All you need do is notify us that you are blind or visually impaired and you are happy for us to send post to you under this scheme. Please email or call us on 01280 821334 and ask us to record this information. If you already receive this newsletter from us marked Articles for the Blind, there is no need to do anything.

The money we save on postage costs will be invested in our information and support services and research projects.

Did you know that we produce this newsletter in a variety of different formats? You can choose from:

  • Print (postage paid and Articles for the Blind scheme)
  • Digital (Word and PDF)
  • Audio (CD and memory stick)
  • Braille

If you’d like to change the format you receive, just email or complete the form at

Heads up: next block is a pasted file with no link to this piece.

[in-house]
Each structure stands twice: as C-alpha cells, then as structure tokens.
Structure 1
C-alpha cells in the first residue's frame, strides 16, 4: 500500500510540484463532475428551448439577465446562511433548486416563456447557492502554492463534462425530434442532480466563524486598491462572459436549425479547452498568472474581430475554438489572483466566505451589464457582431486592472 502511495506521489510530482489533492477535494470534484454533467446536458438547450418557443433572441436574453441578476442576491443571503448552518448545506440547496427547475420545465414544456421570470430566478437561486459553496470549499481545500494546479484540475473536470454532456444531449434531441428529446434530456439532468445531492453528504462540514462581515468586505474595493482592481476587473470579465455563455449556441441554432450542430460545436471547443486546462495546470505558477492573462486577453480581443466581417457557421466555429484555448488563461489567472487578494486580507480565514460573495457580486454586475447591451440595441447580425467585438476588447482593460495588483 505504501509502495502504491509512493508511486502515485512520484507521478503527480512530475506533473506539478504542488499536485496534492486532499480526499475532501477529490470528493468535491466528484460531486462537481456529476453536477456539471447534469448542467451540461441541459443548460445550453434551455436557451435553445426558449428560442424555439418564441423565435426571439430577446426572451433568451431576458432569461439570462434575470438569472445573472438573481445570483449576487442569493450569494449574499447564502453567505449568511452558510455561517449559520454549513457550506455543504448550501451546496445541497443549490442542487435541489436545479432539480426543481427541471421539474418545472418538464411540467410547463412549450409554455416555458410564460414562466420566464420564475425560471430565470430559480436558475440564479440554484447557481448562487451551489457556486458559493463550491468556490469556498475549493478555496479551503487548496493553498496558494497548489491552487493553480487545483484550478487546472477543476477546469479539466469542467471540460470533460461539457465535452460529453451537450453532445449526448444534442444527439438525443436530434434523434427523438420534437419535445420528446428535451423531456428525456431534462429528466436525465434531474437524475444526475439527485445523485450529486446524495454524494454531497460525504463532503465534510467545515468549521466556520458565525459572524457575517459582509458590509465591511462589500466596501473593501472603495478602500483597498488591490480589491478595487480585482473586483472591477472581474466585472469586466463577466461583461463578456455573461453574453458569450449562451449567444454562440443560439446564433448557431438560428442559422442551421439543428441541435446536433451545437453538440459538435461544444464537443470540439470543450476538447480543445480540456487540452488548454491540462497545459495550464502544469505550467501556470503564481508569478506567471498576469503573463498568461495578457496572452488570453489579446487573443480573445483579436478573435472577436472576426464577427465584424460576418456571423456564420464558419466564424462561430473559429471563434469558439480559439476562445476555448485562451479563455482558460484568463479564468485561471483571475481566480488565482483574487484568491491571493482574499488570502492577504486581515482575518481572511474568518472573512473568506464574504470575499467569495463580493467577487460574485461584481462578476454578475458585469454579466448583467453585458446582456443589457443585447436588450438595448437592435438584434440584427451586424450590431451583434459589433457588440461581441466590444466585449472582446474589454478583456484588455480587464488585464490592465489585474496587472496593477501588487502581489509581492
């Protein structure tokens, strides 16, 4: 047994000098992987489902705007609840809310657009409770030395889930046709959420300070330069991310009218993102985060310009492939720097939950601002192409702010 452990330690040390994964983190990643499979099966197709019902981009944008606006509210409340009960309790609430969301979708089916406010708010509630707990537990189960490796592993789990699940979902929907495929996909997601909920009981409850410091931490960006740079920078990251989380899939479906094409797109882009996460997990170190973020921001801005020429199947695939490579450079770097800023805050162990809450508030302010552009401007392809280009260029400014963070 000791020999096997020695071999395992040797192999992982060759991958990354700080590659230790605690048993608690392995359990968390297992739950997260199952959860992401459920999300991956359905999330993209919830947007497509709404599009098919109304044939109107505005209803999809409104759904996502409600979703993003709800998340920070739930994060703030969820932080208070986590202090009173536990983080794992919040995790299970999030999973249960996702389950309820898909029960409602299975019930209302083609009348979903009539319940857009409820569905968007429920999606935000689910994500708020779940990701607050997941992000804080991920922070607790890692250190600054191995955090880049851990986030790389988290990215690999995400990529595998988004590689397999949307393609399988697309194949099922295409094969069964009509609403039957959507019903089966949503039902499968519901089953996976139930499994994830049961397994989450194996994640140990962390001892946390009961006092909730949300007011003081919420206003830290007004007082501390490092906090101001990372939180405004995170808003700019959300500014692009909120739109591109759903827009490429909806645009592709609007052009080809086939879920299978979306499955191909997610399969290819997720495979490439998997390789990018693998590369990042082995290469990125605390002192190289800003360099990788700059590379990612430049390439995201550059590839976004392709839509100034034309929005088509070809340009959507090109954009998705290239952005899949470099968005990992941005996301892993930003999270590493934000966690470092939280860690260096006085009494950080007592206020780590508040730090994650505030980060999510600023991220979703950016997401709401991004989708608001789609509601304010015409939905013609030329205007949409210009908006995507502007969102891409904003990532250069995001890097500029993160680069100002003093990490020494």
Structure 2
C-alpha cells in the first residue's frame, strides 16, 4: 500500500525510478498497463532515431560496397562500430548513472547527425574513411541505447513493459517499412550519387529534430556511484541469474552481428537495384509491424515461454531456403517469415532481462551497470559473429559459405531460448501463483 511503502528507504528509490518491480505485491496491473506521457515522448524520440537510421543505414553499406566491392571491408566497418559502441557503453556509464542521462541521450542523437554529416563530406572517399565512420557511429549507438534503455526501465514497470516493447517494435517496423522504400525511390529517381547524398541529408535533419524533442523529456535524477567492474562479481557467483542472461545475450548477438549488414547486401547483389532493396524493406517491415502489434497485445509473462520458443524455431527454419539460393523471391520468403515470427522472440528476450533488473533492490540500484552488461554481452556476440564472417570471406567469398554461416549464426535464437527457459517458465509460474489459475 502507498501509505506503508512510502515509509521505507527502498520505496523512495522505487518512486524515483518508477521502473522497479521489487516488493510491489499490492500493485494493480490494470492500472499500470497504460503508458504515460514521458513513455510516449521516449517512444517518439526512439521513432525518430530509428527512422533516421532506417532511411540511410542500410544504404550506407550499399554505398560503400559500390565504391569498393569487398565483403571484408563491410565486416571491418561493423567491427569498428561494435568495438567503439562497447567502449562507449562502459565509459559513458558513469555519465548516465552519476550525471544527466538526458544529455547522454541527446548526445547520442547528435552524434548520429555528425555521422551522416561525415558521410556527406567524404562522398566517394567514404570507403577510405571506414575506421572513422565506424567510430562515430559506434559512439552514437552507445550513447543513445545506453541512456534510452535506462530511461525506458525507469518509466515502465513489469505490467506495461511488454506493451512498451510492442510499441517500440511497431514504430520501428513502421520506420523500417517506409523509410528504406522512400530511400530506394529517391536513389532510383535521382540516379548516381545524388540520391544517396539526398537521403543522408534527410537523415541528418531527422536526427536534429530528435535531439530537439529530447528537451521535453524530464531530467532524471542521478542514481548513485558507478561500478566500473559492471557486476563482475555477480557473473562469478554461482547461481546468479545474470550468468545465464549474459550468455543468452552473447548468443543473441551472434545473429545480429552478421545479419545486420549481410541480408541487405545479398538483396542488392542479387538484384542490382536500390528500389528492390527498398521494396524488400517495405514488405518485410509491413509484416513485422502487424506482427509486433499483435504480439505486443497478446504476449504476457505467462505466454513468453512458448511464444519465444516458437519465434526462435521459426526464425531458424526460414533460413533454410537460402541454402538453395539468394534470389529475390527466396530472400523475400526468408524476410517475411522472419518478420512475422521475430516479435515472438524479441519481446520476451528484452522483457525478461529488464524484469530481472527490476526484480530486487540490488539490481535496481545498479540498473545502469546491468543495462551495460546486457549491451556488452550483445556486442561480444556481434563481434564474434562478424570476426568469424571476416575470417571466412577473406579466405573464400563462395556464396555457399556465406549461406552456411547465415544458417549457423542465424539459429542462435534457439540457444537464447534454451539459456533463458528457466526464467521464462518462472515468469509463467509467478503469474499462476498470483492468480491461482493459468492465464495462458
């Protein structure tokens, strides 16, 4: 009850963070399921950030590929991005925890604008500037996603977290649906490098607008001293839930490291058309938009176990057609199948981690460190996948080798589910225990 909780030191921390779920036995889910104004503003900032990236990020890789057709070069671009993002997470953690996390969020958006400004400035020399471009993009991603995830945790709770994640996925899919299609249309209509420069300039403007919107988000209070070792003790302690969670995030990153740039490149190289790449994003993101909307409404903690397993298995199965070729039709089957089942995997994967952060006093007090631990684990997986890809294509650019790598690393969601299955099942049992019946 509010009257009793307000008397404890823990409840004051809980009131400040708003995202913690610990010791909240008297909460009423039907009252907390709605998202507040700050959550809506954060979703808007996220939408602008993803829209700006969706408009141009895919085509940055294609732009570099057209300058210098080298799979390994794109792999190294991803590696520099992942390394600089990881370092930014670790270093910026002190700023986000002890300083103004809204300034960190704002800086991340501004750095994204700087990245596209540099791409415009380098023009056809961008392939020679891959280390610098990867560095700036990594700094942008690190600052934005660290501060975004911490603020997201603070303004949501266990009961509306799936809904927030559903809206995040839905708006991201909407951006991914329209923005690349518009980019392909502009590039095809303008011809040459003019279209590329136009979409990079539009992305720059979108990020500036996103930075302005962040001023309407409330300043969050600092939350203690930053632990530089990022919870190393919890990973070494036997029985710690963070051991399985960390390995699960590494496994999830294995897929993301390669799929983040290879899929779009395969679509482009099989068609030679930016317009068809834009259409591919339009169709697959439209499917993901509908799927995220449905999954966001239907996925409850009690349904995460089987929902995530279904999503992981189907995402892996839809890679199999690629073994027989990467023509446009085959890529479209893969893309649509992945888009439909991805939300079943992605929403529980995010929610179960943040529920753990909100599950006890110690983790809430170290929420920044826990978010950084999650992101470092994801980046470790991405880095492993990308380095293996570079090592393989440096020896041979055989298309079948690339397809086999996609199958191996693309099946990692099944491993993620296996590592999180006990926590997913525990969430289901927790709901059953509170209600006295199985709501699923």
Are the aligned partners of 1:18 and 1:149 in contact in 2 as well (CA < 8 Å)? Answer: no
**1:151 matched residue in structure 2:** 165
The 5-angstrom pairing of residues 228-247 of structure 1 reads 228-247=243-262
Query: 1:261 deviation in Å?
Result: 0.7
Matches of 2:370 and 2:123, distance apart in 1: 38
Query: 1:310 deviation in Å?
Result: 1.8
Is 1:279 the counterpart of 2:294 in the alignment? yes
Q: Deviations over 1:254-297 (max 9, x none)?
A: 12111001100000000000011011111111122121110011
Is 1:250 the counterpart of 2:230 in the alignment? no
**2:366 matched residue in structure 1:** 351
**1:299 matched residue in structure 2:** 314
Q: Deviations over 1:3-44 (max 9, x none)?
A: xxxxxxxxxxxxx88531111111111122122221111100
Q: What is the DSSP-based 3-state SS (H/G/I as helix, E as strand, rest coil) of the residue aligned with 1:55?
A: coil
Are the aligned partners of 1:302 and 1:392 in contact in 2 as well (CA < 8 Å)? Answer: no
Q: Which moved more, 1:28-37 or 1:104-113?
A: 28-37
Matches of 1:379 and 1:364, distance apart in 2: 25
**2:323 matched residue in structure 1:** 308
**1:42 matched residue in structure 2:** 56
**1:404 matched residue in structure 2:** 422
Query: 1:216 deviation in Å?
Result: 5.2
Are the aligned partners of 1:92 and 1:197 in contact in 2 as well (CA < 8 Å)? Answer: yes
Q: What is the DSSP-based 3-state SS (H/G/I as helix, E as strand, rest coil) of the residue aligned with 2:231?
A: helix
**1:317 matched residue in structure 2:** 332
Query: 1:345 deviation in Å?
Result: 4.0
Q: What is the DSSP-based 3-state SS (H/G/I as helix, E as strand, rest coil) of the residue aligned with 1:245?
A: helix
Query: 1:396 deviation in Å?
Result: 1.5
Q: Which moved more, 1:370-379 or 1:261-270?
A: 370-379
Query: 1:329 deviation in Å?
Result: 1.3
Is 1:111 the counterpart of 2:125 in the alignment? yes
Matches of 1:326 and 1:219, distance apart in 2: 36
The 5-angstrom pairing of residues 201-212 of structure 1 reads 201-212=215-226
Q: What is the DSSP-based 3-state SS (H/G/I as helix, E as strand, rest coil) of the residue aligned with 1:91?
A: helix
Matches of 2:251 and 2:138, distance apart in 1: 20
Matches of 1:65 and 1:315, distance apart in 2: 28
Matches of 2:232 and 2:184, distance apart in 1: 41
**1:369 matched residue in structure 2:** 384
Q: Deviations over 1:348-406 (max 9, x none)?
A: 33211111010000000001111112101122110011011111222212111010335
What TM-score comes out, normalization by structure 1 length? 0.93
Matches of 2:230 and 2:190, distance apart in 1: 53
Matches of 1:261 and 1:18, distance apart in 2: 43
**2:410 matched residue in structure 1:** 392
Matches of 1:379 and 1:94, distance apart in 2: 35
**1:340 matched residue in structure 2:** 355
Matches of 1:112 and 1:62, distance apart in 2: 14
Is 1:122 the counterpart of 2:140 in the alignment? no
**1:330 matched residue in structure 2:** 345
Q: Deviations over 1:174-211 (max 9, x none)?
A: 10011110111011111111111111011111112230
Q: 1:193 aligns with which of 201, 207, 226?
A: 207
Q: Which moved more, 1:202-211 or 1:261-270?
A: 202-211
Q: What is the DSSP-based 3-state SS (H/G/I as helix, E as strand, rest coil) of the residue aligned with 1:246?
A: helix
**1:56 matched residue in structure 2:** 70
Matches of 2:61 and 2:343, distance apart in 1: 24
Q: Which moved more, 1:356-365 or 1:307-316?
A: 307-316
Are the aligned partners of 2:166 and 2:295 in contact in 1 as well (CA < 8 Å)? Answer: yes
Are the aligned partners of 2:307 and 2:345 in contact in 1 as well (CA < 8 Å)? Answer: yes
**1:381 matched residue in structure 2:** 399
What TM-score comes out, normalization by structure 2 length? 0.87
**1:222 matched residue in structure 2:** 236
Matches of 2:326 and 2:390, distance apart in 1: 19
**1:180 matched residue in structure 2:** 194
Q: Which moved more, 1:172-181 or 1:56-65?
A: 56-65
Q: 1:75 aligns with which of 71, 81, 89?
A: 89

It’s great to have Look Forward in both print and audio formats as it means I can listen to the audio in the car with my family and share the information. The magazine is also great as we can enjoy the images too.” Lisa

We’d love to know what you think about Look Forward. Do you read it cover to cover or are specific features your favourite (e.g. the research articles)?

If you have any feedback about Look Forward, please email the editor, Jane Russell ( or give her a call on 01280 821334.

A big thank you to everyone who attended our Annual Conference on Saturday 24 June. We received more than 400 registrations this year, an increase of almost 60% from 2022. Thank you to our excellent speakers, exhibitors, contributors and sponsors, including the University of Westminster and our headline sponsor Janssen UK.

The day kicked off with a session about the importance of working in partnership. We involve our community and other organisations in our research, information and support, and awareness-raising activities because we know we have a greater impact when we work together. It’s clear you want to get involved because we have seen a significant increase in the number of people registering for our Lived Experience Panel ( following this session.